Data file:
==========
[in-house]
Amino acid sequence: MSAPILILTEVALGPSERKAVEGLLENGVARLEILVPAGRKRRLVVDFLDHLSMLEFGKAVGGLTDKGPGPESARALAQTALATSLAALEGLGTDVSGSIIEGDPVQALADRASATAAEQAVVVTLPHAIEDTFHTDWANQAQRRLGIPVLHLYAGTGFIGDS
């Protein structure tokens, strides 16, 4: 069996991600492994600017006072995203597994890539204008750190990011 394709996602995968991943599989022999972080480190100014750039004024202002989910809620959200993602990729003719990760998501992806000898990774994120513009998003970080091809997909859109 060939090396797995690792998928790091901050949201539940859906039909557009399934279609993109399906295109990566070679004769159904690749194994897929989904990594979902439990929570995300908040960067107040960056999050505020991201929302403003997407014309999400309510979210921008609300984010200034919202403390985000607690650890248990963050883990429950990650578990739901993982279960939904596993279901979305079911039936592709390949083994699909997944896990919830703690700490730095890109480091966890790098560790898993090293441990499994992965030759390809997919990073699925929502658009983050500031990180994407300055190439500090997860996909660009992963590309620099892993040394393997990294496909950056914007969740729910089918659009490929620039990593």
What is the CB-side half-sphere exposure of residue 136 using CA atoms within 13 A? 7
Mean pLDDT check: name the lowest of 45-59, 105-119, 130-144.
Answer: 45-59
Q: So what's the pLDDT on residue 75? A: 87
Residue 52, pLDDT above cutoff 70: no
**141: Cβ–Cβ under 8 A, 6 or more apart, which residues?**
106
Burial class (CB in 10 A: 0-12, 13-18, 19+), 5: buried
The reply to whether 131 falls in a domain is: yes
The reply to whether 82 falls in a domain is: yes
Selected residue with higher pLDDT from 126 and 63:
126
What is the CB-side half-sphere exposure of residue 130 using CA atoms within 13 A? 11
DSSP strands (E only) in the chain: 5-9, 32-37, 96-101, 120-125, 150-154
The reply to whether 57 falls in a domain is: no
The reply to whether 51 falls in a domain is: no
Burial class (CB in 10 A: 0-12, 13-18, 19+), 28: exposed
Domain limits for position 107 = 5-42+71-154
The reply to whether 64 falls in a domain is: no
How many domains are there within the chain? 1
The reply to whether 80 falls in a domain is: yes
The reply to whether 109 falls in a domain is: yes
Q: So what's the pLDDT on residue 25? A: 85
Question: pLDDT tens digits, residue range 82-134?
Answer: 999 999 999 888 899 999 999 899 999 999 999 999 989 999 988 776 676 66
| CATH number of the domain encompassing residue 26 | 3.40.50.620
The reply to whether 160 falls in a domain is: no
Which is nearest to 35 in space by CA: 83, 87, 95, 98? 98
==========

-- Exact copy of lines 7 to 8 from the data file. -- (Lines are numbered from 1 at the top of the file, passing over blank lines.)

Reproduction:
Q: So what's the pLDDT on residue 75? A: 87
Residue 52, pLDDT above cutoff 70: no